This popped up on my Facebook feed this morning, over my coffee and muffin breakfast.
With the rolling news title: ‘In a simple and quiet way she made others look at a Muslim woman without fear or contempt, but with a healthy curiosity’
Do the majority of British people regard Muslim women with “fear or contempt”?
I don’t. And that’s not a statement to inflate my ego and make me sound like a naïve, uneducated liberal but it’s true.
I have a list of people, individuals or nations, who I don’t like. It’s usually to do with their character rather than their specific nationality. Maybe it’s their horrific human rights record? Or their laughable treatment of women? Or their complete myopia to the environment, that they seem gleefully intent on destroying?
Regardless, I Don’t Like Them.
And that’s okay, I am human after all.
But, for all the people on this list of mine, Muslim women do not make the list.
And yet, according to the Telegraph, is that a bad thing?
The gist of the article is how fashion house H&M has begun using a Muslim model, wearing her hijab, in their latest fashion shoots. She was interviewed by Fusion, a fashion blog site, where she lamented the lack of inclusion into the fashion world for women who wear the hijab.
Fair point, though I do think the fashion world excludes 99% of everyone on this planet. With a constantly changing and unknown set of criteria concerning what’s “in” and what’s “out” it’s difficult to qualify what fashion is, and sadly I am one of those people who couldn’t care less about the outcome.
Another fault of mine.
But here’s the rub.
First thing. Has no one in the global fashion bubble been to the progressive Arab countries of the world?
The only one I have travelled to personally is Jordan, back in 2010.
Granted, things have definitely changed in 5 years, but with their monarchy still in place and a progressive government Jordan does radiate a calm influence over the rest of the region, even with Daesh creeping closer, and burning its pilots alive.
While I was there I spent a few days in the capital, Amman, and I saw hijabs in a thousand different colours and worn in uncountable numbers of combinations when it came to accessorising the rest of any teenage girl’s or young woman’s outfit.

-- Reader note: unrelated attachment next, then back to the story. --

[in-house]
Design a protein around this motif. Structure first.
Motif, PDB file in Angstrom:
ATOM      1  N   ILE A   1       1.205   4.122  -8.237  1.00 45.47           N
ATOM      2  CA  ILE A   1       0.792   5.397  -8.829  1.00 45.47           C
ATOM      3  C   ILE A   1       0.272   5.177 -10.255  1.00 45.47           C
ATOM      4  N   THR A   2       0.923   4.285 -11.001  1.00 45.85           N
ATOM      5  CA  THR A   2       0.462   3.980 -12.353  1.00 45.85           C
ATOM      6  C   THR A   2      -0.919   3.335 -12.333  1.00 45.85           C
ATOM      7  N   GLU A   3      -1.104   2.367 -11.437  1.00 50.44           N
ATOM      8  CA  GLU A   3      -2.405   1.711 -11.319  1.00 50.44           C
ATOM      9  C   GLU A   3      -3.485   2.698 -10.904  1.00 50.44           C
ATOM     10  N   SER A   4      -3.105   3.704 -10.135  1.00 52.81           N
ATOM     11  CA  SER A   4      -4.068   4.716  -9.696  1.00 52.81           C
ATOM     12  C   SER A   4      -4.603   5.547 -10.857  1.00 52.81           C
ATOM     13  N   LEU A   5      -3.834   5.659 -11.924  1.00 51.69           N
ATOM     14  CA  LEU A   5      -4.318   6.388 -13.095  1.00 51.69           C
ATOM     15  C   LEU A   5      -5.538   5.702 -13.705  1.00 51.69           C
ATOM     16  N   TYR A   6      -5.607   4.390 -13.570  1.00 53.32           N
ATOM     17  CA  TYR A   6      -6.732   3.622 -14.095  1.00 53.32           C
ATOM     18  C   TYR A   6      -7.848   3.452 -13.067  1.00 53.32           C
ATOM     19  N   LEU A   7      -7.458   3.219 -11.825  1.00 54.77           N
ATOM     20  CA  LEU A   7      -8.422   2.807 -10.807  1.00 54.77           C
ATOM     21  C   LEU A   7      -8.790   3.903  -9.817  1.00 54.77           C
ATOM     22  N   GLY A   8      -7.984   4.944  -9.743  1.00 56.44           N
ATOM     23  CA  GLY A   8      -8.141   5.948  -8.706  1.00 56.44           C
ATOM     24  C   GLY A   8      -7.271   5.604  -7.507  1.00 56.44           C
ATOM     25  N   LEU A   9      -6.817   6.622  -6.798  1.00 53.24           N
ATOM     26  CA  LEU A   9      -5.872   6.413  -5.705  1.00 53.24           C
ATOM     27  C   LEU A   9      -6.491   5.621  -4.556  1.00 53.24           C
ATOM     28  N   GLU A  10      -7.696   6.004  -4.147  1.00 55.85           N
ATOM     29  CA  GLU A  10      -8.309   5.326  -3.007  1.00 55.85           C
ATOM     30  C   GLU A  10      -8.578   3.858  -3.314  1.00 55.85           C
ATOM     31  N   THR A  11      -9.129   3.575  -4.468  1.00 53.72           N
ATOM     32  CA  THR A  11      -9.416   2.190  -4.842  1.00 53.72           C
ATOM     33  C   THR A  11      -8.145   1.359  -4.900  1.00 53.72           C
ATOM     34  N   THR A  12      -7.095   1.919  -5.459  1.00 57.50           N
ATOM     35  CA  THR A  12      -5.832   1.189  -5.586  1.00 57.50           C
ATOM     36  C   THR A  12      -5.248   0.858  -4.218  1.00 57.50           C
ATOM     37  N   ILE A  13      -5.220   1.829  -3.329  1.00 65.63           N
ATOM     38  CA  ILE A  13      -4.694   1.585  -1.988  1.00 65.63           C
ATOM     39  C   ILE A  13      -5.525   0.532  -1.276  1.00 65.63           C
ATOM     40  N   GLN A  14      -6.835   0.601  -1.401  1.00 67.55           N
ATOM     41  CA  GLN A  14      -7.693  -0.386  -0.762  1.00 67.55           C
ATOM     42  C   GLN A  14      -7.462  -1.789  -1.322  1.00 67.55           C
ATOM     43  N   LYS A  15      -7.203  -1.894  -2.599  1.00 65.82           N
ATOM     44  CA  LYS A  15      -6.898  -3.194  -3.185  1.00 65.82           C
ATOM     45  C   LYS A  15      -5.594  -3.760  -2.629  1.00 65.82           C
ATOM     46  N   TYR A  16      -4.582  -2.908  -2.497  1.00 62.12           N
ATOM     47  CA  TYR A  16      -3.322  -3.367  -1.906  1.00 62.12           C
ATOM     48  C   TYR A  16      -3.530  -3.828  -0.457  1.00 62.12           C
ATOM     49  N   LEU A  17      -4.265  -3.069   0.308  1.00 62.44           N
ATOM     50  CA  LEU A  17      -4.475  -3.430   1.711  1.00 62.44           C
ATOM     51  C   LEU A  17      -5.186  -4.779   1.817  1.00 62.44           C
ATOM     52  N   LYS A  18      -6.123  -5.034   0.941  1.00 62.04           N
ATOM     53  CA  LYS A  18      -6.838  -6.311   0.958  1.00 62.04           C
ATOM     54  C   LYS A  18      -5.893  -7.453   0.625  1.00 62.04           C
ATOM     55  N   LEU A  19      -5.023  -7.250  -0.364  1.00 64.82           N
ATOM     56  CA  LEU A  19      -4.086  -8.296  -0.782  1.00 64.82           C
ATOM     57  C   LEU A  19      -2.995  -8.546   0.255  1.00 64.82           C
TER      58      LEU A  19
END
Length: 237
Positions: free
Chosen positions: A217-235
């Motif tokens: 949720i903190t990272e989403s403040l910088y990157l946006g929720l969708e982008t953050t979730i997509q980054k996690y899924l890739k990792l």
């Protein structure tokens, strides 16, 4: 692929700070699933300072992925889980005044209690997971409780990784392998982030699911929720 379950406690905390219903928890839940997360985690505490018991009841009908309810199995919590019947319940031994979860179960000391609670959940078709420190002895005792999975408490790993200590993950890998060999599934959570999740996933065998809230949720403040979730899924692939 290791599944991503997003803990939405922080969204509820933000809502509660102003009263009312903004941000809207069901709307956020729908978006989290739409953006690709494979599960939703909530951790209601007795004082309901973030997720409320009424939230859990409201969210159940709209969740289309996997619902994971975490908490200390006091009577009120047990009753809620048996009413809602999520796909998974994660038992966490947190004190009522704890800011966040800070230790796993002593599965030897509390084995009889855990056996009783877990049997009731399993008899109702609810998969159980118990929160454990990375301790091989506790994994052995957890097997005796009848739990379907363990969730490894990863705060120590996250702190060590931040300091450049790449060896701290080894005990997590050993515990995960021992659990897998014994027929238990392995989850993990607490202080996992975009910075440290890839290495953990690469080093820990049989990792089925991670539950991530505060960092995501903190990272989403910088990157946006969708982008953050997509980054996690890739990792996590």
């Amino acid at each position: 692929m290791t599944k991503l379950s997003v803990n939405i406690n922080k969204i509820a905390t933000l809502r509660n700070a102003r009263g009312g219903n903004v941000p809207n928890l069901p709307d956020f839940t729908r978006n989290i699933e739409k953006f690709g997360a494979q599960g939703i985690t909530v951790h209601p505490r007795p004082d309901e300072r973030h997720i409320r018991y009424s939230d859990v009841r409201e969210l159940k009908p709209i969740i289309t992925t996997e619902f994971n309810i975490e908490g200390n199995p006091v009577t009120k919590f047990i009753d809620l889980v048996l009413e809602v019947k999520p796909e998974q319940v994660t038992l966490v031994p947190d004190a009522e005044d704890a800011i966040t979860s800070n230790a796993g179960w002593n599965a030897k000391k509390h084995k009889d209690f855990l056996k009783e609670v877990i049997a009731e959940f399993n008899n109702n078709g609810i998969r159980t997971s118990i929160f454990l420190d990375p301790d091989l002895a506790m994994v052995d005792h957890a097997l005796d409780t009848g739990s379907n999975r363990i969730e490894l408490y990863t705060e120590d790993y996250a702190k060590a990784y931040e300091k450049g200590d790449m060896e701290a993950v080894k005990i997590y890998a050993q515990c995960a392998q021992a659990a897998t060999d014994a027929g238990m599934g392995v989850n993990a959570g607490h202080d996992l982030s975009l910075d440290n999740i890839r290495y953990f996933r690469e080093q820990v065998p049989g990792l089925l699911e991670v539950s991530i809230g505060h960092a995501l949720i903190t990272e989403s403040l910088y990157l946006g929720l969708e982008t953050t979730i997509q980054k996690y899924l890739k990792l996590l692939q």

The icing on this cake was when I was leaving the city, and I saw one girl walking with friends, wearing a bright acid pink hijab, pedal pushers, and a top that wasn’t tight but it didn’t hide the fact that she was 4 months along with child.
No one stopped them walking. No one stared, or pointed or vented their disgust. It was just another Thursday.
It showed me then that the fashion world, for all its progression, really is just as repressed when it comes to certain issues as Hollywood. And for all the declarations, indicating how perception is, in fact, reality, there are times when such opinions are in fact further from the pulse than it would ever care to admit.
I was at a local newsagents last month, trying my hardest to figure out how to use the self-service checkout when a lady in a niqab (full face covering) stepped up to the checkout station next to me. She had two little ones with her and was like me, just trying to figure out how to pay for the items she wanted. So it was, two people, vastly different lives, united in the effort of understanding stupid technology, put in to “make our shopping experience easier”
[Direct quote from the newsagents’ online store as rationale concerning the inclusion of those bloody stupid machines!!!]
I finished first and left the store.
Walking out and back into the mall, my friend, who was with me at the time, riding shotgun, professed her feelings of unease, standing so close to this mother of two. Who, in honesty was wearing the abaya as well (the loose full-length, long-sleeved dress) and consequently was nothing but a pair of eyes, situated behind a pair of glasses.
“You just don’t know what’s under there” they said.
“Well, the fact that she had two children with her, sort of gave it away” I replied.
“Yes, but it could have been a man under there. You never know”.
Oh, okay. I tried to change tack on this conversation.
“You were coming home late from the bus station last week, weren’t you?” I asked.
“And you told me how there was a group of drunk lads hanging round by the bus stop and that intimidated you, right?”
“So, hypothetically, how would you feel if it’d been a group of women dressed like the lady back there?”
“Oh, I wouldn’t have thought anything of it. They’d clearly be all going somewhere and that would be fine”.
I didn’t say any more, hoping the epiphany might arrive.
Nothing was said so I made my own point as tactfully as I could.
Basically, for all the people that have ever given me grief, personally, not one of them has been wearing a hijab.
I haven’t been subjected to wolf-whistles from groups of mothers when I’ve walked by. Nor have I been intimidated by drunk and grabby women dressed in burkas when I’ve come back from the pub or on the walk home, following a late shift.
And finally, Muslim women have not pressed flyers telling me Christ is my salvation into my palm, telling me it’s the only way ‘someone like me’ will get into the Kingdom of Heaven.
Instead we both just stood at the self-service checkout; just two separate individuals, united by frustration, doing what we do.
But I didn’t regard the lady with “fear or contempt”.
It’s odd, the western world preaches tolerance and acceptance of difference, but only to a certain degree. Which, in itself makes little sense. If you’re going to be open and tolerant then you should accept anyone, whatever their situation, as long as they’re not hurting anyone.
Or as The Zutons put it most eloquently in the song ‘What’s Your Problem?’
“So stop your smiling, and stop your staring, I’d rather talk and be friends with you”